The Titanic of a Railway Disaster — Dr. Allan McLellan of Carleton Place



Sault Ste. Marie, Ont., Jan. 22 1910. — Dr. Allan McLellan,  former veterinary surgeon of Carleton Place was among those taken from the Spanish River a few days ago. He was a victim of the wreck of train no 7, and was the husband of a cousin of Mr. J.F Warren of the C. P. R. station agent in Carleton Place. His stricken wife also from Carleton Place is quite young, about 21 years of age. Dr. McLellan, who was in the first class coach, had arrived in Sudbury about a year before the tragedy with his young bride. He was married just a year on the day before the accident. This makes the third family in Carleton Place in which there is a relationship with families bereaved by the Soo Branch.

It is now believed between fourty-four persons were killed in yesterday’s wreck of train No. 7 on the Soo branch of the Canadian Pacific on the bridge crossing the Spanish river, thirty-eight miles from Sudbury, Ont. The train records show that when the train left Sudbury at noon there were approximately 100 persons aboard. Twenty-two injured were being cared for in Sudbury, and more in other nearby towns. Only a few escaped injury or death.

The exact number of dead would not be known for several days, as divers will had to thoroughly explore the Spanish River. Into the icy waters of which three of the seven cars of the ill-fated train plunged. In the burned wreckage of the four other cars were the remains of many others, making a complete list of the casualties almost impossible. The train was made up of a locomotive, mail and baggage car, express, second-class coach, colonist car, first-class coach, diner and Pullman.
The Spanish River bridge is an iron bridge and the heavy train struck it on the down grade while going at a high rate of speed. As the train was crossing the bridge the trucks of the second-class car jumped the track, presumably from a broken rail. The car was cut in two against the bridge abutments, so great was the momentum of the train. One-half of this car, with the colonists’ car, first-class coach and dining car, were hurled into the Spanish River, crashing through the ice and being swept half across the stream. The Pullman broke from the rest of the train and toppled down the bank on its side.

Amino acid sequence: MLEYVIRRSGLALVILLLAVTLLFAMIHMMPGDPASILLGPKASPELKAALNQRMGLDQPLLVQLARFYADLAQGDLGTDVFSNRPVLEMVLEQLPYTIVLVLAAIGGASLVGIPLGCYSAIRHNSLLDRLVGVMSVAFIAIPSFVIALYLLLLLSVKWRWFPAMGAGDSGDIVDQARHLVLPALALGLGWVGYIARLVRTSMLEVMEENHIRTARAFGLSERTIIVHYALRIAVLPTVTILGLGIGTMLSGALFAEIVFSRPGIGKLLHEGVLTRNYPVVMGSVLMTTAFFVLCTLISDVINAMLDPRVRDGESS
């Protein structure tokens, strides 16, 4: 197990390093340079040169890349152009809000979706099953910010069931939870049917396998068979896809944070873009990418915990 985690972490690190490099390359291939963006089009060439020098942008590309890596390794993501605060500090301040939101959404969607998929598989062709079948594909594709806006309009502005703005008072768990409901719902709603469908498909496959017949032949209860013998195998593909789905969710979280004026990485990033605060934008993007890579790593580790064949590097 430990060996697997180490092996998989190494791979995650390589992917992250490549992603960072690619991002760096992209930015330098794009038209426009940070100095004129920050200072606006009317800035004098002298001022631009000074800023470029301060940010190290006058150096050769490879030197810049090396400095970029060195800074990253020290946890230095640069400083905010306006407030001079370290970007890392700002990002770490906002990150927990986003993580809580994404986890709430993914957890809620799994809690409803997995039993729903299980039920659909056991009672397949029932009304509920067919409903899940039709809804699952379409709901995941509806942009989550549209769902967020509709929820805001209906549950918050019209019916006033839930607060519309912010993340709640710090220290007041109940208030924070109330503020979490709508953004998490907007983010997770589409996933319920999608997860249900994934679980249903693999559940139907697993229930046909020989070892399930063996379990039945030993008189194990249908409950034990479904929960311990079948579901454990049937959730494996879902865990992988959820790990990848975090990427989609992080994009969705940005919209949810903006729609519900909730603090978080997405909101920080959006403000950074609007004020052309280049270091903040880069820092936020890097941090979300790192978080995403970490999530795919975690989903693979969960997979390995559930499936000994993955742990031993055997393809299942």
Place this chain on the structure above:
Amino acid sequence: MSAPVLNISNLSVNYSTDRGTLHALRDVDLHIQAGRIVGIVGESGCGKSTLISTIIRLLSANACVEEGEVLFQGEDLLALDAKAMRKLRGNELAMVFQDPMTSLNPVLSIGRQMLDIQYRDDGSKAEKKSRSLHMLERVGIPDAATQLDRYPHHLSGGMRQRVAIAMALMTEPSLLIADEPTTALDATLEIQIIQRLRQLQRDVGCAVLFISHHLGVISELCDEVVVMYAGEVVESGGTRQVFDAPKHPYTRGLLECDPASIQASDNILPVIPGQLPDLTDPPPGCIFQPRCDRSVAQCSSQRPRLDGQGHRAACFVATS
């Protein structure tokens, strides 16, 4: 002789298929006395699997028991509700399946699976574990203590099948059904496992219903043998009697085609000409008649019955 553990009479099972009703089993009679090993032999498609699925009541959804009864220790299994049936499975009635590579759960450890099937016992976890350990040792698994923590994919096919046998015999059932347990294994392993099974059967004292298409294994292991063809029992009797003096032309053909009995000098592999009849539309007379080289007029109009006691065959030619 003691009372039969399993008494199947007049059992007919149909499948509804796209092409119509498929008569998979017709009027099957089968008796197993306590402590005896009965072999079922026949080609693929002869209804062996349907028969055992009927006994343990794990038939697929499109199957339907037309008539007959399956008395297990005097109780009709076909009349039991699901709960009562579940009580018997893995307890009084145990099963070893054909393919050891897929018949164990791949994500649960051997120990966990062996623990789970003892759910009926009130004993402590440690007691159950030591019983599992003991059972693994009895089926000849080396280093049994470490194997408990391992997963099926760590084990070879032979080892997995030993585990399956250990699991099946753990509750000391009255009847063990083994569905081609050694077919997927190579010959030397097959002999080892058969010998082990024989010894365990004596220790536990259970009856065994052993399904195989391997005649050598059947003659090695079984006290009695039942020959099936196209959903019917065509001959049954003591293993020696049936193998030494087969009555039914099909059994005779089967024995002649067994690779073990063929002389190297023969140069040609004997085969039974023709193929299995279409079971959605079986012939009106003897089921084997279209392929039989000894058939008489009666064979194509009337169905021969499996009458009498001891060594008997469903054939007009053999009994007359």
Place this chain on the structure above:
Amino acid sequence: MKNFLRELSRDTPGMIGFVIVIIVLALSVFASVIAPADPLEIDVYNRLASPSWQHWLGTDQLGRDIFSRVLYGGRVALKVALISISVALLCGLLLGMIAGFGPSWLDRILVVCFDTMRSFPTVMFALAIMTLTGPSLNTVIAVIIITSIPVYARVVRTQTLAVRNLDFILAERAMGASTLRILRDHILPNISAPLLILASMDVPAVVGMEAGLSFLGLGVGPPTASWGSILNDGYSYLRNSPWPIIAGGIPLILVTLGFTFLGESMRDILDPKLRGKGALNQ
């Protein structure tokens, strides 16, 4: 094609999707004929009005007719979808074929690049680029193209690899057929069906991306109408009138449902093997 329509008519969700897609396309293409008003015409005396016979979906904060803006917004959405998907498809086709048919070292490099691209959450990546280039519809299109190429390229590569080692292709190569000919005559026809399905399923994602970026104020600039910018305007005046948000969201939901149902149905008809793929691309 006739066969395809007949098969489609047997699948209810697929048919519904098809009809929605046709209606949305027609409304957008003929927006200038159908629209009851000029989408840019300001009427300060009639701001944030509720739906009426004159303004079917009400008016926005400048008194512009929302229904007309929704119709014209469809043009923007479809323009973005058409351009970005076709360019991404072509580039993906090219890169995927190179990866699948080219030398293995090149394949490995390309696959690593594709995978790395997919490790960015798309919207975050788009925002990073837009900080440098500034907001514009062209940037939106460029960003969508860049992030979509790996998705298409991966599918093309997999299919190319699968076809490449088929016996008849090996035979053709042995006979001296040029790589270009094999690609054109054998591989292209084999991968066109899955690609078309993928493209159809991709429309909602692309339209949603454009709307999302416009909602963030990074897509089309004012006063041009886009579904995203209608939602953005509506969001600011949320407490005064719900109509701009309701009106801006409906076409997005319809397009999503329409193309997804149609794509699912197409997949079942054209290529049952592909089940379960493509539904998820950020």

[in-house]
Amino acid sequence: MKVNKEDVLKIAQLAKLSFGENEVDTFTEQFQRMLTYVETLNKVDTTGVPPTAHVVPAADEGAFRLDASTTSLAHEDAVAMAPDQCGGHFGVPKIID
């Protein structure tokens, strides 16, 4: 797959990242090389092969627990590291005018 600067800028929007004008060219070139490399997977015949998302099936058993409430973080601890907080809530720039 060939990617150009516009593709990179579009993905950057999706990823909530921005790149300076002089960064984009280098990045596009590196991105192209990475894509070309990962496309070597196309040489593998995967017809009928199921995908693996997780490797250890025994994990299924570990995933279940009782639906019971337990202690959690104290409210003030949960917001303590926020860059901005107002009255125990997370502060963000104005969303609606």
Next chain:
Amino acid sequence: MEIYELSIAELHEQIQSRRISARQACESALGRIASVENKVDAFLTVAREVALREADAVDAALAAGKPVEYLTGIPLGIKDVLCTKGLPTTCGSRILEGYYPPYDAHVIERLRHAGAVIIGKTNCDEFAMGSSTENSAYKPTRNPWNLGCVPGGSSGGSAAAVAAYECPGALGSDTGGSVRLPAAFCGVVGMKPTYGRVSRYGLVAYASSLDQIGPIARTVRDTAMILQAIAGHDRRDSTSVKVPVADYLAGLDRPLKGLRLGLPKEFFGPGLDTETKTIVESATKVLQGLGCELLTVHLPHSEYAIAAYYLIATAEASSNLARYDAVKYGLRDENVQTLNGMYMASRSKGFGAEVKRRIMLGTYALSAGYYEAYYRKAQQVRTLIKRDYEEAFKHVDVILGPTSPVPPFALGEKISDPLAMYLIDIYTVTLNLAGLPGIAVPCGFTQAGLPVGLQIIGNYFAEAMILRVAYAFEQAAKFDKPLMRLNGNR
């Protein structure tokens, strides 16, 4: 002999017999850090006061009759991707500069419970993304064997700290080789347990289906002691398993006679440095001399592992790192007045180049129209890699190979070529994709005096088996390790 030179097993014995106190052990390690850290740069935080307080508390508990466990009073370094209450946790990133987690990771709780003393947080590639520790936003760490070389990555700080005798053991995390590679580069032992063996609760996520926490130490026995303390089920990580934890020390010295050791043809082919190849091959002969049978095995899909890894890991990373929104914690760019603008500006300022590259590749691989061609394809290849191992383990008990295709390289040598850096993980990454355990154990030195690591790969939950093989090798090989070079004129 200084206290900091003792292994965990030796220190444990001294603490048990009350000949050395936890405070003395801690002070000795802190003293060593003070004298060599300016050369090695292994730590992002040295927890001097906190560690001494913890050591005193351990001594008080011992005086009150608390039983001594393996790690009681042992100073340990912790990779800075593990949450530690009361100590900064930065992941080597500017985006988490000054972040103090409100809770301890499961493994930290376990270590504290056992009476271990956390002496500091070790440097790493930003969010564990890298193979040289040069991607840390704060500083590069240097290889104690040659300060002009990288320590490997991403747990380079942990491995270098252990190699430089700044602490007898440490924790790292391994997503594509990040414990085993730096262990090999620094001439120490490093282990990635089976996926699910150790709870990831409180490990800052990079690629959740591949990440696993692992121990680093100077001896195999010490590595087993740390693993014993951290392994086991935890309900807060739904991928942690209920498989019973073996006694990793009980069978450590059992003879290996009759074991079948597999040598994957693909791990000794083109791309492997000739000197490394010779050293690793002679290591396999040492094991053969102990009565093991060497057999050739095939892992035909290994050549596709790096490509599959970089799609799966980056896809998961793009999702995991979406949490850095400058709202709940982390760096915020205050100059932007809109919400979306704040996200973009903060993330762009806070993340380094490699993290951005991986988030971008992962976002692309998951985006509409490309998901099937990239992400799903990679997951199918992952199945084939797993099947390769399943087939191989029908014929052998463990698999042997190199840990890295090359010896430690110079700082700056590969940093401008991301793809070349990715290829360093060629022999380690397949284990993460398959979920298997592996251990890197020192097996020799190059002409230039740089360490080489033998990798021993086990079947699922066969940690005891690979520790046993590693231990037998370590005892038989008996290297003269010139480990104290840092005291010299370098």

A more terrifying death than those who were thus trapped in the waters of the river could scarcely be imagined and was only matched by the fate that befell the helpless victims who were pinned in the wreckage of the cars that escaped the river, but which were attacked by flames almost immediately. Passengers in the submerged cars fought like mad men to escape. Many of them succeeded in breaking through the windows only to find themselves imprisoned by the ceiling of ice. Eight of those in the diner succeeded in escaping, but not one of those in the second-class coach (the half that went into the river), colonist and first-class coach escaped.The dining car was not immediately submerged, which fact enabled Conductor Reynolds and others of the train crew to pull eight of the imprisoned passengers from the windows and through a hole torn in the roof.

About lindaseccaspina

Linda Knight Seccaspina was born in Cowansville, Quebec about the same time as the wheel was invented and the first time she realized she could tell a tale was when she got caught passing her smutty stories around in Grade 7 at CHS by Mrs. Blinn. When Derek "Wheels" Wheeler from Degrassi Jr. High died in 2010, Linda wrote her own obituary. Some people said she should think about a career in writing obituaries. Before she laid her fingers to a keyboard, Linda owned the eclectic store Flash Cadilac and Savannah Devilles in Ottawa from 1976-1996. After writing for years about things that she cared about or pissed her off she finally found her calling. Is it sex drugs and rock n' roll you might ask? No, it is history. Seeing that her very first boyfriend in Grade 5 (who she won a Twist contest with in the 60s) is the head of the Brome Misissiquoi Historical Society and also specializes in local history back in Quebec, she finds that quite funny. She writes every single day and is also a columnist for Hometown News and Screamin's Mamas. She is a volunteer for the Carleton Place and Beckwith Heritage Museum, an admin for the Lanark County Genealogical Society Facebook page, and a local guest speaker. She has been now labelled an historian by the locals which in her mind is wrong. You see she will never be like the iconic local Lanark County historian Howard Morton Brown, nor like famed local writer Mary Cook. She proudly calls herself The National Enquirer Historical writer of Lanark County, and that she can live with. Linda has been called the most stubborn woman in Lanark County, and has requested her ashes to be distributed in any Casino parking lot as close to any Wheel of Fortune machine as you can get. But since she wrote her obituary, most people assume she's already dead. Linda has published six books, "Menopausal Woman From the Corn," "Cowansville High Misremembered," "Naked Yoga, Twinkies and Celebrities," "Cancer Calls Collect," "The Tilted Kilt-Vintage Whispers of Carleton Place," and "Flashbacks of Little Miss Flash Cadilac." All are available at Amazon in paperback and Kindle. Linda's books are for sale on Amazon or at Wisteria · 62 Bridge Street · Carleton Place, Ottawa, Canada, and at the Carleton Place and Beckwith Heritage Museum · 267 Edmund Street · Carleton Place, Ottawa, Canada--Appleton Museum-Mississippi Textile Mill and Mill Street Books and Heritage House Museum and The Artists Loft in Smith Falls.

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